Involvement of FFA Metabolism and Insulin Resistance in Cardiac Death (CD_HD_FAIR)
The investigators evaluated predictive values of myocardial fatty acid metabolism and insulin resistance for cardiac death of hemodialysis patients with normal coronary arteries.
Coronary Artery Disease
|Study Design:||Observational Model: Cohort
Time Perspective: Prospective
|Official Title:||Prediction of Impaired Myocardial Fatty Acid Metabolism and Insulin Resistance for Cardiac Death of Hemodialysis Patients With Normal Coronary Arteries|
- Cardiac death [ Designated as safety issue: No ]
- All-cause death [ Designated as safety issue: No ]
|Study Start Date:||January 2001|
|Study Completion Date:||December 2004|
Myocardial fatty acid metabolism, Insulin resistance
Myocardial fatty acid metabolism was evaluated by myocardial fatty acid imaging using BMIPP SPECT.
Insulin resistance was evaluated by HOMA-IR.
Dialysis patients have extraordinarily high mortality rates. Cardiac diseases play an important role in deaths among end-stage renal disease (ESRD) patients undergoing renal replacement therapy. Previous studies have shown that maintenance hemodialysis patients have high prevalence of obstructive coronary artery disease. While obstructive coronary artery disease is undoubtedly involved in cardiac deaths induced by acute myocardial infarction or congestive heart failure and in sudden cardiac death, cardiac death can occur in hemodialysis patients who have apparently no pre-existing obstructive coronary artery disease. However, few studies have investigated the factors which are useful for stratifying the risk of cardiac death in dialysis patients with normal coronary arteries.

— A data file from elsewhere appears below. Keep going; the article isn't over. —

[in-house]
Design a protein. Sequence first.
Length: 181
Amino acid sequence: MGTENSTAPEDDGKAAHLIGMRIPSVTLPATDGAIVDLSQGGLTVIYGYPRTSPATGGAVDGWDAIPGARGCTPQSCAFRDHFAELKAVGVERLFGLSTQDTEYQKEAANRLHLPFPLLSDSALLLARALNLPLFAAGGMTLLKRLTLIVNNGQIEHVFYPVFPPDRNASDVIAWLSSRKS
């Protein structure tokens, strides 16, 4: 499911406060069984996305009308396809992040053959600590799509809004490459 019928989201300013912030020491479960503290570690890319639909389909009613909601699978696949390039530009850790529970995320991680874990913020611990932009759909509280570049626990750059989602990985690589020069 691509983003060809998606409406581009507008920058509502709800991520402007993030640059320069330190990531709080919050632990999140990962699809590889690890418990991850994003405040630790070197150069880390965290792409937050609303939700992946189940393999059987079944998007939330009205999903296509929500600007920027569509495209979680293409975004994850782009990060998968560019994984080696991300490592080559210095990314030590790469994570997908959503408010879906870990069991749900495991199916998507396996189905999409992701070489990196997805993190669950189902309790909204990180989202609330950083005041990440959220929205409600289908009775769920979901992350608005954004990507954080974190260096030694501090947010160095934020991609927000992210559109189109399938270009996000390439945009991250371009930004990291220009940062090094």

We recently showed that visualizing severely impaired myocardial fatty acid metabolism on images can help not only to detect obstructive coronary artery disease , but also to identify patients at high risk of cardiac death among hemodialysis patients without coronary intervention or old myocardial infarction and among those with coronary revascularization by percutaneous coronary artery intervention. In addition, combination of impaired cardiac fatty acid metabolism with insulin resistance, which is one of the risk factors related with coronary atherosclerosis, may contribute to left ventricular dysfunction in patients with maintenance hemodialysis with normal coronary arteries. Impaired myocardial fatty acid metabolism and insulin resistance, both of which reduce the synthesis of myocardial adenosine triphosphate (ATP), are likely to be involved in fatal cardiac events by causing deficiency of myocardial energy supply. In this study, we prospectively investigated the potential of myocardial fatty acid metabolism and insulin resistance to predict cardiac death in hemodialysis patients without pre-existing obstructive coronary artery disease.